While the Indian, Iranian, Russian and Central Asian opposition to Pakistan's involvement in Afghanistan has already led to close cooperation among these actors, any further steps by Washington to tighten the cordon sanitaire around Pakistan could prove to be instrumental in bringing about three developments. The first is that it could result in wider policy coordination (although with only indirect participation by Iran, as long as there are no formal relations between Tehran and Washington) to secure a viable resolution to the Afghan conflict. At present, there is a serious power imbalance on the ground in Afghanistan. The Taliban are substantially advantaged by Pakistan's full and unwavering support, the steady flow of human support from Pakistan's religious groups and schools, and Bin Laden's wealth and personal fighters as well as by the revenue that the militia generates from illicit dealings such as poppy growing and drug trafficking. Their opponents continue to remain badly under resourced. The Taliban have fractured along the lines of tribal, regional and personality differences, but the opposition suffers from greater problems than this. Its lack of sufficient resources has confronted it with acute logistical and defensive difficulties. This has deterred it from expanding its territorial control beyond the northeastern provinces and providing more than limited support to local uprisings elsewhere in the country. As long as this remains the case, and the regional and international actors remain ambivalent towards Pakistan, the Taliban and their Pakistani backers will have little incentive to settle for a negotiated conclusion of the Afghan conflict, and the United Nations will have little leverage to play a meaningful role. For that matter, peace efforts mounted from outside, whether by the ex-Afghan King Zahir Shah to convene a Loya Jirgah (the traditional Grand Assembly) or by the Organization of the Islamic Conference (OIC) to promote a settlement, are unlikely to produce any meaningful result.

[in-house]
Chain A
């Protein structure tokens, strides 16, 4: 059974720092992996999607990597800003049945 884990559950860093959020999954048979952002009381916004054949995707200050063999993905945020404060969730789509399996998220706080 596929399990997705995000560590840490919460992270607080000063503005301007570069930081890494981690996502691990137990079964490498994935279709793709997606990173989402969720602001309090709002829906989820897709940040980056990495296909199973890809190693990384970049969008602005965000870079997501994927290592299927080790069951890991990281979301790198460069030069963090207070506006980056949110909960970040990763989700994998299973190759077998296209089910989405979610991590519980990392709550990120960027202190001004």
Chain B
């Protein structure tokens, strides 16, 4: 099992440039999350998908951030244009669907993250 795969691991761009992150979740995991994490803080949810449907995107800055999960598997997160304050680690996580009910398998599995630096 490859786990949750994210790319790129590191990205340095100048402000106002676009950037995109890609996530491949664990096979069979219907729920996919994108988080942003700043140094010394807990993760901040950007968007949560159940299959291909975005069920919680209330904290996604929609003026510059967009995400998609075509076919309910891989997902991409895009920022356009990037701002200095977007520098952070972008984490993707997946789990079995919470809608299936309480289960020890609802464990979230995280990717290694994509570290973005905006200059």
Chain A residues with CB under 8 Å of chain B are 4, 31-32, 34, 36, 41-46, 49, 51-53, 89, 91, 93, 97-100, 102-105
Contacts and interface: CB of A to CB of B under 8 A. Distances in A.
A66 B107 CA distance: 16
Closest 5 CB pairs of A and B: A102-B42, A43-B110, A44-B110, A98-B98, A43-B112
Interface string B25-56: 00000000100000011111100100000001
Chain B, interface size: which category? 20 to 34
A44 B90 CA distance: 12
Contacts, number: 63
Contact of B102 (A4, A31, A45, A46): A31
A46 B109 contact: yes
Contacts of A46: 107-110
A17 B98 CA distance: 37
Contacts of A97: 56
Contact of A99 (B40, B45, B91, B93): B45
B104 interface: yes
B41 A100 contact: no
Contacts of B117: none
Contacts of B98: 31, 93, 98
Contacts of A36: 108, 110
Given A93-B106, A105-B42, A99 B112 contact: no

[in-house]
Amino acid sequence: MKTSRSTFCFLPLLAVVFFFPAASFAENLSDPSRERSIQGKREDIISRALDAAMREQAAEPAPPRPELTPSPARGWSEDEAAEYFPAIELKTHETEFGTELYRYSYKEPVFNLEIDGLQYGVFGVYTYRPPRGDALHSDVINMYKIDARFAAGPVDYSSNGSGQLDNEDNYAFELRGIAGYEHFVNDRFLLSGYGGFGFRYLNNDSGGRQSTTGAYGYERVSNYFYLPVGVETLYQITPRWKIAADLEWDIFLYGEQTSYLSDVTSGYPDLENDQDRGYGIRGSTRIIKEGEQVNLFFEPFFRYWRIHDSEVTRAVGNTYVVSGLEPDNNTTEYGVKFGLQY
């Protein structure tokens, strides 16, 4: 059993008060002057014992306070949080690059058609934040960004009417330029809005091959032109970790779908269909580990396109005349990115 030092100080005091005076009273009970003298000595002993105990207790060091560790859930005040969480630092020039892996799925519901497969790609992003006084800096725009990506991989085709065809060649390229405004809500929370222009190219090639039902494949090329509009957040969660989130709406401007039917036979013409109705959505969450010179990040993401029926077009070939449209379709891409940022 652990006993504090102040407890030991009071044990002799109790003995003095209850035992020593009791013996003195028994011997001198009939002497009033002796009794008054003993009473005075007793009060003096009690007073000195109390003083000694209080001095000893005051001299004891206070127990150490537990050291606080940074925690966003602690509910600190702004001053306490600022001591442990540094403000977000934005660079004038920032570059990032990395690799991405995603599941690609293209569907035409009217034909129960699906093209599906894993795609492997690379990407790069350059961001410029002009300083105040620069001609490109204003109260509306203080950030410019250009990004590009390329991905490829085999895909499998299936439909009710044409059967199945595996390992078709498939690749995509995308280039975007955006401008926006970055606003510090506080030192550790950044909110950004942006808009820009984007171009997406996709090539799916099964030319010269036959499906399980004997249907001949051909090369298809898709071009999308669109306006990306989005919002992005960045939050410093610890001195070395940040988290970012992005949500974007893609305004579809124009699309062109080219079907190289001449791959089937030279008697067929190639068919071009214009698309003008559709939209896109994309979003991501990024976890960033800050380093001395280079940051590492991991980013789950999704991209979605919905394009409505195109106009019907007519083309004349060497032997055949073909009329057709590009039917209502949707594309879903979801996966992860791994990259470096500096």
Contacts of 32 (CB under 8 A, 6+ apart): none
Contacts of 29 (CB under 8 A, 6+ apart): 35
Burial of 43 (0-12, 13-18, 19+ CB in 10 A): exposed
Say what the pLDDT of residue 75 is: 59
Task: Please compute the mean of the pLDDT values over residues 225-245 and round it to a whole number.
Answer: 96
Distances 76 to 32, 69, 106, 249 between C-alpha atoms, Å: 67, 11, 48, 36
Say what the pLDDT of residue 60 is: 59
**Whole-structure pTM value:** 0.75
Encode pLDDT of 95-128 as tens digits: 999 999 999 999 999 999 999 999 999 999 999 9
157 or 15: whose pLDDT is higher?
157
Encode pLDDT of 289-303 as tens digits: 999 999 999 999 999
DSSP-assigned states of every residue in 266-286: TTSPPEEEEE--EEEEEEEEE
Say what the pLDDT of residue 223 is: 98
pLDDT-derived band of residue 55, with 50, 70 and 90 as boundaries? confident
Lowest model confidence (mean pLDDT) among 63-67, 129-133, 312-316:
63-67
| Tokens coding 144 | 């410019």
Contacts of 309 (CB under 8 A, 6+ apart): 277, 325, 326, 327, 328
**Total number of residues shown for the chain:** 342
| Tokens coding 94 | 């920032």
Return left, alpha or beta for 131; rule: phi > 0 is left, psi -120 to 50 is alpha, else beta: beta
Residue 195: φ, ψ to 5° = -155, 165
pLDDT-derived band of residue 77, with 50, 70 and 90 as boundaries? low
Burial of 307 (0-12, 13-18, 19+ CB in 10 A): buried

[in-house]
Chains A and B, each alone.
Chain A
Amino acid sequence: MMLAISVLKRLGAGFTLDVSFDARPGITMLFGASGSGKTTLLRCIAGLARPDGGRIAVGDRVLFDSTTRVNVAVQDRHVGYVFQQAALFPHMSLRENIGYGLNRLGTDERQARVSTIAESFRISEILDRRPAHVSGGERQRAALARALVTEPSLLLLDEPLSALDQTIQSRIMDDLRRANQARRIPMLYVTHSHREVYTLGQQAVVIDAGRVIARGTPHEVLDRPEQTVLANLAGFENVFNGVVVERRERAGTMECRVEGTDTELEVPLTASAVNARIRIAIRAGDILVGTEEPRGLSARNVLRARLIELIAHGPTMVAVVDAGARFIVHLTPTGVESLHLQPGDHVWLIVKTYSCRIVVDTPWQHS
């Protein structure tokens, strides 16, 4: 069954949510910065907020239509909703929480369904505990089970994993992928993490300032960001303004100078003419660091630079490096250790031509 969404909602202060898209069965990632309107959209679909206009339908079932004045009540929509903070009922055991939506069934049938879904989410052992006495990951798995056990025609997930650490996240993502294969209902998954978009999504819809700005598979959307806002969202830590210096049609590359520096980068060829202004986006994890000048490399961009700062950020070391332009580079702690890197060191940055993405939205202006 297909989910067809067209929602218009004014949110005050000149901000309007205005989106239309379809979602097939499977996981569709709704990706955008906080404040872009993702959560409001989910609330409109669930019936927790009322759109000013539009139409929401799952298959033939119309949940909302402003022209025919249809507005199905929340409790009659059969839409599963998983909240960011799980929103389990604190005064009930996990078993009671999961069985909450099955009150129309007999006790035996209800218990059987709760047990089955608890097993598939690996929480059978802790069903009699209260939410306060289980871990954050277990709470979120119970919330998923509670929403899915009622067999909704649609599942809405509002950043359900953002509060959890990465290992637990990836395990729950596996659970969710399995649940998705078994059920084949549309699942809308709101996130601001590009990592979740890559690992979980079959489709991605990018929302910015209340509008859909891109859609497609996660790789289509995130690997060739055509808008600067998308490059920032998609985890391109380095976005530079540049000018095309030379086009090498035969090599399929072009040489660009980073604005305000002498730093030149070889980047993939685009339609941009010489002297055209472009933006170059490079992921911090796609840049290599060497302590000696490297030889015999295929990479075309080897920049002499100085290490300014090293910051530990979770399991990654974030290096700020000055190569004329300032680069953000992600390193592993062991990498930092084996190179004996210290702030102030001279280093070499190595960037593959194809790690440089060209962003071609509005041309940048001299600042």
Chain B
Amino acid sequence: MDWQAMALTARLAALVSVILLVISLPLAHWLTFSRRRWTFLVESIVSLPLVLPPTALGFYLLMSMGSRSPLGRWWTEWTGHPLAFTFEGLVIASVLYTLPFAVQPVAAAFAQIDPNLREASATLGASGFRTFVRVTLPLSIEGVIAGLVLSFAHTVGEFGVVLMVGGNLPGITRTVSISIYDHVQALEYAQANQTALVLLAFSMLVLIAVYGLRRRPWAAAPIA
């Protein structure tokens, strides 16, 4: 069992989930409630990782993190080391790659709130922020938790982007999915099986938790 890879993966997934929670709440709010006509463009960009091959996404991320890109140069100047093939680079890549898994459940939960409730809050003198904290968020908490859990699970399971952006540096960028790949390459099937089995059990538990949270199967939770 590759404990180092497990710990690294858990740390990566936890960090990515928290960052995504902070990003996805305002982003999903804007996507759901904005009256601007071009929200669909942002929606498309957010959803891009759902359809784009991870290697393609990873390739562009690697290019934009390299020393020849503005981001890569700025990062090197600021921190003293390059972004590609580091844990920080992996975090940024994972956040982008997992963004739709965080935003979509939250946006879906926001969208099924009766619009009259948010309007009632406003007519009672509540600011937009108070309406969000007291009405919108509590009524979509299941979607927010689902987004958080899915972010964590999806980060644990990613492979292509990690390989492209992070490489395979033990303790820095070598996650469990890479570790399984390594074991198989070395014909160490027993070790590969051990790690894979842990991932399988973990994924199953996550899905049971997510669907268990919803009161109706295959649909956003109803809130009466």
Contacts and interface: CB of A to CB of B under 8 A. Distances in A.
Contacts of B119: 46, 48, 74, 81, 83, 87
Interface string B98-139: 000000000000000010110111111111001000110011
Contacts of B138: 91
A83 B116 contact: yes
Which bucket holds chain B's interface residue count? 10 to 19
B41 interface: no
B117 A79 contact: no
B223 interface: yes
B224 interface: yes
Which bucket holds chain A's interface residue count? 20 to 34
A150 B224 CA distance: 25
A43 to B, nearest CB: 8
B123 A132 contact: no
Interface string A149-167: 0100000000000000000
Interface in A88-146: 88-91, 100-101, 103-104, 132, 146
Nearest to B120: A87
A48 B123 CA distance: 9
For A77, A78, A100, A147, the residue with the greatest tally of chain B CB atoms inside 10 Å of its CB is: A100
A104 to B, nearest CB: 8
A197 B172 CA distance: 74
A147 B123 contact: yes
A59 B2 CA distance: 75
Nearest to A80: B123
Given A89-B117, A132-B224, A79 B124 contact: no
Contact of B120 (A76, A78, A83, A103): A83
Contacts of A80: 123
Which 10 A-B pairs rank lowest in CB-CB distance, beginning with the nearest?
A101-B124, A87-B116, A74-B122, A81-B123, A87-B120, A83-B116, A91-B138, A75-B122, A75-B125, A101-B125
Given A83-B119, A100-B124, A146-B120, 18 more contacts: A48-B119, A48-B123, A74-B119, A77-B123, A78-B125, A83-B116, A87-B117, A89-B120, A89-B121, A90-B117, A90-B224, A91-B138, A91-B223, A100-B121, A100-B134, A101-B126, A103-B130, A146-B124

Washington seems to have finally recognized this disparity as hampering the process of achieving a negotiated settlement; it has recently taken a few small steps that attest to this recognition. It has lately permitted the Afghan opposition loyal to Commander Massoud to open an office in Washington on behalf of the Rabbani government. Although this office is not a replacement for the Afghan embassy that was closed down two years ago because of an internal dispute over whether it should represent the Taliban or the Rabbani government, it does signal a change in the U.S. approach. It is also intimated that a dialogue may have been initiated between Washington and the Massoud side in an attempt to assess the opposition's defensive capacity. Furthermore, a mission representing the head of the European Union, Jed by the French General Mori lion, has paid a “goodwill visit" to Massoud in the Panjshir Valley, signaling the possibility of the EU engaging in some policy coordination with the United States. Meanwhile, despite former Russian president Boris Yeltsin' s criticism of the American cruise-missile attack on Afghanistan in August 1998, his successor, Vladimir Putin, appears to be more than willing to coordinate efforts for a tougher international response to the Taliban. Moscow will be pleased to support a U.N.-sanctioned fuel embargo against the Taliban, which would be mandatory for Pakistan to observe and could easily paralyze the militia's war machine, pro- vided the embargo is monitored closely. The steps in this direction have so far been very symbolic and amount to nothing substantial. If the objective is to restore some balance in the fighting capacities of the Taliban and the opposition, then a lot more needs to be done. The higher the cost of the war for the Taliban and Pakistan, the greater the chances of their opting for a negotiated settlement, as the Soviets did after their air force took a heavy toll in the wake of America's supply of Stinger missiles to the Afghan Islamic resistance forces (the Mujahideen) from 1986. Whatever assistance is provided to the opposition, it must, of course, be proportionate to the need to open the way for a negotiated settlement, to end rather than prolong the bloodshed in Afghanistan.